76 Chapter 3: Regulating the Use of 802.11 WLANs
qualified transmitter. This is to prevent improper or illegal installation with unapproved
transmitters. In plain English, unless the amplifier manufacturer submits the amplifier for
testing with a given transmitter, the amplifier cannot legally be sold in the U.S. for use with
that particular transmitter. If the amplifier has been certified, it must be labeled with an FCC
identification number citing its certification testing.
If you are using a system that includes a legal amplifier, remember that the rules concerning
power still apply. If the amplifier is 1/2 watt (27 dBm), this means in a multipoint system
the maximum antenna gain is only 9 dBi, and in a point-to-point system it is only 15 dBi.
(27 dBm is 3 dB below 30 dBm, so the gain of a multipoint antenna can be increased from
6 dBi, by 3 dB, for a total of 9 dBi. For a point-to-point system, it can be increased by a
total of 9 dBi, for a maximum of 15 dBi.)
In the ETSI regulations, there is a maximum EIRP limit of 20 dBm. Because most amp-
lifiers start off well above this level, they are usually not permitted.
Antenna Connectors and Remote Antennas
The FCC regulations impose limitations and restrictions on antennas and connectors that
may be used in a 2.4-GHz or 5-GHz WLAN system. Although the FCC wrote these regu-
lations, a few other countries have also adopted them. Because of increased popularity of
WLAN in the United States, and the desire to build units as a single model, many vendors
just follow the same rules for connectors for all the products shipped worldwide.
The Code of Federal Regulations, Part 15.203, states that an intentional radiator (trans-
mitter) must be designed so the user cannot use an antenna that was not provided for the
transmitter. The rationale behind this is to prevent the use of improper antennas, which can
cause improper action of the transmitter, and to prevent the use of antennas that exceed the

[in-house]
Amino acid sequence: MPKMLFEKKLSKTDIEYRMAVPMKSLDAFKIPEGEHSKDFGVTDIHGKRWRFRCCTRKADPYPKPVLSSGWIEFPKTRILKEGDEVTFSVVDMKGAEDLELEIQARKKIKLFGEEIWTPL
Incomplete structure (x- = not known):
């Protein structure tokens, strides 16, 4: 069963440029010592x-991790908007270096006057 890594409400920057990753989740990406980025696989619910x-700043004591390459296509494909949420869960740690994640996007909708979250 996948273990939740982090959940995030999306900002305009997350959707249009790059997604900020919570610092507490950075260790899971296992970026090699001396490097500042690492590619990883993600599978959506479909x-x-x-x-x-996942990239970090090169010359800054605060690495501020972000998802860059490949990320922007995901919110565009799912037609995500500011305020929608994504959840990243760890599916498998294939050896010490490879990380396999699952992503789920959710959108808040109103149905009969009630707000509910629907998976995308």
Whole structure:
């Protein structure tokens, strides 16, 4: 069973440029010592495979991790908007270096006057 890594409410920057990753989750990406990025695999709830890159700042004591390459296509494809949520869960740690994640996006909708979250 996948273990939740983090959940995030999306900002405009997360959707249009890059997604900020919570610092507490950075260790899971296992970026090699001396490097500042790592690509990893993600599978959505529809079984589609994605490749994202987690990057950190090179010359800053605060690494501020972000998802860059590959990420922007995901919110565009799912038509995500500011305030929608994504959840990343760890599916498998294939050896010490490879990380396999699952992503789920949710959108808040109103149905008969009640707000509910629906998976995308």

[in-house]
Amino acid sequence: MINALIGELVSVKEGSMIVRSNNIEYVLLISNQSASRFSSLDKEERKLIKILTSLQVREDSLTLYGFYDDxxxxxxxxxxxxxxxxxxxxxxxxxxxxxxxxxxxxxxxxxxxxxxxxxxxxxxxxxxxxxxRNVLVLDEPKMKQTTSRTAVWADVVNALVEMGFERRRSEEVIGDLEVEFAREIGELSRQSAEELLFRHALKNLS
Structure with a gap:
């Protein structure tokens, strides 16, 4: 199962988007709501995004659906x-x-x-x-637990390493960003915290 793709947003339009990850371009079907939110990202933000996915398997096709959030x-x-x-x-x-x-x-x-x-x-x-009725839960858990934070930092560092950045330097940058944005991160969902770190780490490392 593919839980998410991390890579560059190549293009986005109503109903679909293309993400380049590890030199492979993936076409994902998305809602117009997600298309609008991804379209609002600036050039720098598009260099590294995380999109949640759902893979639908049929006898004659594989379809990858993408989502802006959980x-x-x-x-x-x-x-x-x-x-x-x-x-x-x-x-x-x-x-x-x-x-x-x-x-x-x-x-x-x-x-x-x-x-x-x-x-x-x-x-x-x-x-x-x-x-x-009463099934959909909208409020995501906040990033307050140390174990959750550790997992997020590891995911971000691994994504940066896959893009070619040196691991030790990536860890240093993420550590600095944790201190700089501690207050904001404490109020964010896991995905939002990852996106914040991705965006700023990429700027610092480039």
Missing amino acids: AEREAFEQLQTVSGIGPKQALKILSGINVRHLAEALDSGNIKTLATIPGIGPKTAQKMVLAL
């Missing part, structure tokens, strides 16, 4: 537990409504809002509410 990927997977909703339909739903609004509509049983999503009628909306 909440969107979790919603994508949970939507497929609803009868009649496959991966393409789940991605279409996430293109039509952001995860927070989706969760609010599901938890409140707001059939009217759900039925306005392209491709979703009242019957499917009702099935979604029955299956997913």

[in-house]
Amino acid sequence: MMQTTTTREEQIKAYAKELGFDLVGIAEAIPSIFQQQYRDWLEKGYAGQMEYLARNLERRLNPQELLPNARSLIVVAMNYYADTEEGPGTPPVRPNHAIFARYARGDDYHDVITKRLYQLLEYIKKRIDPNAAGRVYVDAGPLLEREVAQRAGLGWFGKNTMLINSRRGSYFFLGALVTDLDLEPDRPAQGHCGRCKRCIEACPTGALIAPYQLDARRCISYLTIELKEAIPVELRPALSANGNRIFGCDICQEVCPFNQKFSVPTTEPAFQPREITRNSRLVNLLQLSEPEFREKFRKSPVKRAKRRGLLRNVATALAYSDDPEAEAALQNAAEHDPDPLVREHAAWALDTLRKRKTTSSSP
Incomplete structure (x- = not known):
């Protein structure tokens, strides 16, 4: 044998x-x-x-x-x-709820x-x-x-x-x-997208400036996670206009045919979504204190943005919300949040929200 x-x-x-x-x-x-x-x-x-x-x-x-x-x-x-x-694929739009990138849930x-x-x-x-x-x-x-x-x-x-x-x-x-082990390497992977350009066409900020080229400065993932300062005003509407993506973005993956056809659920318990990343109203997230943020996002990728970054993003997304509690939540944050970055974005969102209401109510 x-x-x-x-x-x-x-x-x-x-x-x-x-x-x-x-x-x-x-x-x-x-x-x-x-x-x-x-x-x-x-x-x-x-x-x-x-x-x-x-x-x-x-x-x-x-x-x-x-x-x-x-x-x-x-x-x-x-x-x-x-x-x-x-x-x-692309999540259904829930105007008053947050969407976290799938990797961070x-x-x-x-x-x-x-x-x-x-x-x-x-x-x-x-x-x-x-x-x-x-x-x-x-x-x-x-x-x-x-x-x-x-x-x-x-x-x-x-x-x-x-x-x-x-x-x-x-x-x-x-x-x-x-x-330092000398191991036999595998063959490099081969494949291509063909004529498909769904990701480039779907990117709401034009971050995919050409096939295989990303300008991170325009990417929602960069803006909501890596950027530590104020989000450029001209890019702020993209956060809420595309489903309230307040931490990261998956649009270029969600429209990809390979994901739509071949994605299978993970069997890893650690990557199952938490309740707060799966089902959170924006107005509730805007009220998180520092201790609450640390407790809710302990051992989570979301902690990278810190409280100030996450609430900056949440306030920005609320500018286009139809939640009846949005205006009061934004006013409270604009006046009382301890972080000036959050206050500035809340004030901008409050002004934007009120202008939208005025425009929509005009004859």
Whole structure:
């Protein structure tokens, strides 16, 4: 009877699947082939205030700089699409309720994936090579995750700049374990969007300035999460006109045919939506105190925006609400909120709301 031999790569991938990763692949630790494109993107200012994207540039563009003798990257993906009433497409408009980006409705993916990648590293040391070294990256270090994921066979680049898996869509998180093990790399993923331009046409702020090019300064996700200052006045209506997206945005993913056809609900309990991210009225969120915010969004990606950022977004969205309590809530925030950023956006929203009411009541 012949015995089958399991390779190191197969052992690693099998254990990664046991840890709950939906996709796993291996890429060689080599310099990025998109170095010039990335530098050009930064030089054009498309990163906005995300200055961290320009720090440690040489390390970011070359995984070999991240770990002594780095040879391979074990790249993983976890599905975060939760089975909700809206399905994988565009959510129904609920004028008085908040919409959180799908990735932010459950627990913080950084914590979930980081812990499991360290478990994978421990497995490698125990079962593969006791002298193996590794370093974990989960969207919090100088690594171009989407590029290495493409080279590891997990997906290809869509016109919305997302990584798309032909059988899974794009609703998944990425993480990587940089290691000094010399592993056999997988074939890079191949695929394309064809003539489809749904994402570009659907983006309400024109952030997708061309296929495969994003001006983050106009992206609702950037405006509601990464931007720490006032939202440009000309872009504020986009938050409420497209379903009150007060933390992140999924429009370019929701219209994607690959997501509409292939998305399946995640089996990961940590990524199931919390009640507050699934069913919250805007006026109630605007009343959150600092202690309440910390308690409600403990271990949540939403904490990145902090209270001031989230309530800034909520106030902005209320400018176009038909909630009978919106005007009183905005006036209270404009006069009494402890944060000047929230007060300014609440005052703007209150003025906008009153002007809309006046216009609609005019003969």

maximum permitted gain.
To comply, the regulations suggest that the antenna be permanently attached, or that a
unique connector be used. The regulations state that a standard antenna connector is pro-
hibited. The FCC has unofficially stated that their interpretation of a unique connector
implies that the connector cannot be readily available to the general public. This antenna
and connector requirement does not apply to certain carrier current devices or to devices
operated under the provisions of Parts 15.211, 15.213, 15.217, 15.219, or 15.221.
One area of confusion regarding the regulations is this statement: “This requirement does
not apply to intentional radiators that must be professionally installed or to other intentional
radiators, which, in accordance with §15.31(d), must be measured at the installation site.
However, the regulations go on to state, “The installer shall be responsible for ensuring that
the proper antenna is employed so that the limits in this part are not exceeded.
The statement was intended to provide those who install more complicated wireless
systems, such as long-range broadband fixed wireless systems or wireless perimeter
security systems, with the flexibility they need. The meaning of professionally installed is

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